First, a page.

Homemade “Canned” Diced Tomatoes

"Canned" Tomatoes

Some people might think I’m crazy, but I find it so satisfying to make foods from scratch myself.

When I first when vegetarian, we had a whole shelf of the pantry dedicated to cans. Chickpeas, kidney beans, refried beans, baked beans, and canned diced tomatoes. Things have changed quite a bit since then, and now its stocked with dried beans instead.

I feel empowered now that I know how to cook my own beans and diced tomatoes, and I don’t have to rely on processed foods.

Save money, less packaging ends up in land fill, and get more nutrients from fresh, whole foods. Win win win.

Here’s some tomato maths for you:

5 fresh average-sized tomatoes = 1.5-2 cups of diced tomatoes

1.5 cups of diced tomatoes = 1 x 400g / 14oz can of diced tomatoes

So for every 400g / 14oz can of diced tomatoes your replacing you need 5 tomatoes.

You can make this in large quantities and freeze in batches of 1.5 cups (1 x 400g / 14oz can) or 3 cups (1 x 800g / 28oz can).

Look at all those numbers! It must be true.


I don’t like to blanch the tomatoes, because most of fruit and vegetables nutrients are in the skin or just under it. Plus I’m kind of lazy and it seems like a waste of time to me.

But here are the instructions to blanch tomatoes, if this takes your fancy:

  1. In a big pot of boiling water, add whole tomatoes and boil for 1 minute.
  2. Drain water in a colander.
  3. Drop tomatoes in a bowl full of water + ice.
  4. Once the tomatoes are cool enough to touch them, peel the skin. It should come off easily.

Homemade "Canned" Diced Tomatoes
Prep time
Cook time
Total time
Make your own "canned" diced tomatoes from home.
Yield: 3 cups (2 cans worth)
  • 10 tomatoes
  1. Preheat oven to 190°C / 375°F.
  2. Chop tomatoes into 8 - 16 pieces, depending on how big you want them.
  3. Throw into a baking tray. A glass baking tray works best here because of all the juices.
  4. Bake for 1 hour.
  5. To freeze ahead, freeze in batches of 1.5 cups (1 x 14oz can).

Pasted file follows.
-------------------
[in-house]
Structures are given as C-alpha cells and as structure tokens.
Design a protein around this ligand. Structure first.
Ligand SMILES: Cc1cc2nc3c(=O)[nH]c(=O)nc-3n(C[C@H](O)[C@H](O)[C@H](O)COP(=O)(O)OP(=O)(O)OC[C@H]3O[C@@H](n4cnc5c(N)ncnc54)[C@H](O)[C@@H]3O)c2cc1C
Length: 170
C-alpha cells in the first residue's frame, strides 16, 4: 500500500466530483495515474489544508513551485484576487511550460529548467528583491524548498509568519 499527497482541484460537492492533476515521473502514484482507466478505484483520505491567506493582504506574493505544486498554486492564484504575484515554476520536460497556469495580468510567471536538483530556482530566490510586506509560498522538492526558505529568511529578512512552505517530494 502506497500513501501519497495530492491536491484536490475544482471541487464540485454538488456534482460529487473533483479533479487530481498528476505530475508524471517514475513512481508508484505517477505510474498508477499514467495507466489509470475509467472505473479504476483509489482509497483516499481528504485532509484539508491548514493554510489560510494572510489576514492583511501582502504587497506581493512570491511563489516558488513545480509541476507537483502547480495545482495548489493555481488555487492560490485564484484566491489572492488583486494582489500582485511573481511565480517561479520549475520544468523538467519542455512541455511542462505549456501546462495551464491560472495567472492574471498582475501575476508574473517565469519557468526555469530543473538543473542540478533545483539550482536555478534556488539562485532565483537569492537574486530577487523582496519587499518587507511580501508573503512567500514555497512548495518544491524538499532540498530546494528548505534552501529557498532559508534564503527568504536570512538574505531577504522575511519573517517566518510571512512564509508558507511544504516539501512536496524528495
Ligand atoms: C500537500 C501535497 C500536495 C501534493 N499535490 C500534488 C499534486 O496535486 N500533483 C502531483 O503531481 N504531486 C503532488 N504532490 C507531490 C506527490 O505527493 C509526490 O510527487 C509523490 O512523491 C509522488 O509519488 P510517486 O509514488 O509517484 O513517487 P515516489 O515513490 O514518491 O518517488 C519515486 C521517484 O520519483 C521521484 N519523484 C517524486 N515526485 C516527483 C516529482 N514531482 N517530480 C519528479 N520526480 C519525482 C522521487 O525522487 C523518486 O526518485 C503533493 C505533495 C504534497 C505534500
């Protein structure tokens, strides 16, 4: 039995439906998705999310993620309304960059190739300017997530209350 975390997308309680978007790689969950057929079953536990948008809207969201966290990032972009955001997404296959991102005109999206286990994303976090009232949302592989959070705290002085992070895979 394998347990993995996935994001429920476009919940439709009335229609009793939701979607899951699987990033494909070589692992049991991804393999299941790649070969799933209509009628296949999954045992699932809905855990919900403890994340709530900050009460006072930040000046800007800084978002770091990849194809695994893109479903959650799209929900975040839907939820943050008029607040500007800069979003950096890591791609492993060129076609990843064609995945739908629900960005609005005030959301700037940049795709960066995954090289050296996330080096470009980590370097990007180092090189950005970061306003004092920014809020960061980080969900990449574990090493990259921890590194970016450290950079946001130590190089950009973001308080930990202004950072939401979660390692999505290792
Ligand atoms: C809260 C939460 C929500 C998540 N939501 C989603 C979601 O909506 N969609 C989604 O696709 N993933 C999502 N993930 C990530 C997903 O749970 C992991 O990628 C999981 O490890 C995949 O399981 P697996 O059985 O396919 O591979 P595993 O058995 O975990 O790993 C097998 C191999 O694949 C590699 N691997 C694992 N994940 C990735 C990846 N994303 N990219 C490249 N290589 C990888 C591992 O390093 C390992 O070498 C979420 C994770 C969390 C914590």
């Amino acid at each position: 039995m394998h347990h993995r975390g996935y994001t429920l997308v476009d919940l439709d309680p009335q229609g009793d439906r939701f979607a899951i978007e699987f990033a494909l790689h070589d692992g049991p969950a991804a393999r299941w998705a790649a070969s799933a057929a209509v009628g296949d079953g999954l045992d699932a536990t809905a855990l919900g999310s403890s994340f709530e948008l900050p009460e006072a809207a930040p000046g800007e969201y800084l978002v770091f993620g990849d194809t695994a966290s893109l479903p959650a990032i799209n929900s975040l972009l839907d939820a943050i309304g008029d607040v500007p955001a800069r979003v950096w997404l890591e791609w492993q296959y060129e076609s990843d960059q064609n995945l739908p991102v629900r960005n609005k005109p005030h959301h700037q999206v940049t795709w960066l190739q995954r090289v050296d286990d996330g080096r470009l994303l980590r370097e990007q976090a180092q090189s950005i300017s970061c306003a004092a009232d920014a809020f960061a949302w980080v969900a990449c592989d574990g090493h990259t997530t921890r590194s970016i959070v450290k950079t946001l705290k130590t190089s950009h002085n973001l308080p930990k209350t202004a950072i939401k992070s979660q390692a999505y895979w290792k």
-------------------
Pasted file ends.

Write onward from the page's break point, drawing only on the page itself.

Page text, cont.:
Alternatively, you can simmer the tomatoes in a pot for 5-10 minutes. I haven’t tried this method and really like how they turn out with the baking method.

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21 comments on “Homemade “Canned” Diced Tomatoes

  1. I am sorry but do you really bake at 400 degrees for an hour. That seems like you would burn the tomatoes. I know simmering the tomatoes for 5 to 10 minutes would take very little juices out of the fruit.
    I would like to try this recipe but I don’t want to lose the tomatoes to a misprint.

    • Hi Mike, you are right, 400 might be a bit high, especially if your oven runs hot. My old oven ran a bit cooler so perhaps thats why I did well at a higher temp. I have adjusted the recipe to 375F, let me know how you go with it 🙂

      • Shae,

        Just to update you on the recipe for the tomatoes. I have tried this several times and have tweaked the temperature and have found that 390 degrees is the best for my oven and the results have been FANTASTIC!!!

        Our tomatoes have really started to produce to the point we are doing batches almost every day. I believe we have over 15 quarts frozen right now. We have used some the abundance in chili, lasagna, and soups. My wife has eaten them right out of the baking dish and says they are great.

        Thanks for sharing this recipe. It has made our life easier and so much more tastier…. and it continues to influence our decision on what to plant in the garden next year, definitely more tomatoes.

        Thanks again and keep on sharing.


        • I thought this sounded silly, but I had my last batch of tomatoes, wanted to make a recipe, and a houseful of kids. WOW! The house smells great, it was super simple, and I tasted one, AMAZING!!! I wish I knew this all season when we were abundant. I also won’t hesitate to buy the tomatoes during the offseason so I can keep making them and not buying cans. I really am trying to move to all clean eating.

          • Hi Dawn, awesome so glad you liked it! You could also buy a lot of tomatoes when they are in season and freeze in batches to use year round!

  2. Pingback: Homemade “Canned” Diced Tomatoes | Nourish & Live

    • You don’t need to steralise the jars because this isn’t a traditional canning recipe, and they can’t sit on the the shelf. The freezing does the preserving! I’m not exactly sure but I would guess 6-12 months? You might need to experiment 🙂

  3. Pingback: Bruschetta Chicken on Sun Dried Tomato Pasta Romaine Salad | Mrs. Kelleher

    • Nope I leave the peels on, but if you want them peeled do that before baking them. Cut a cross in the bottom of the tomatoes, blanch for 1 minute in boiling water then peel.

  4. Ziplock bags work great. I store my homemade sauce in zip lock bags in the freezer with no problem. Just be sure to thaw with the bag sitting in a bowl just in case there are any nicks in the bag from being bumped in the freezer.

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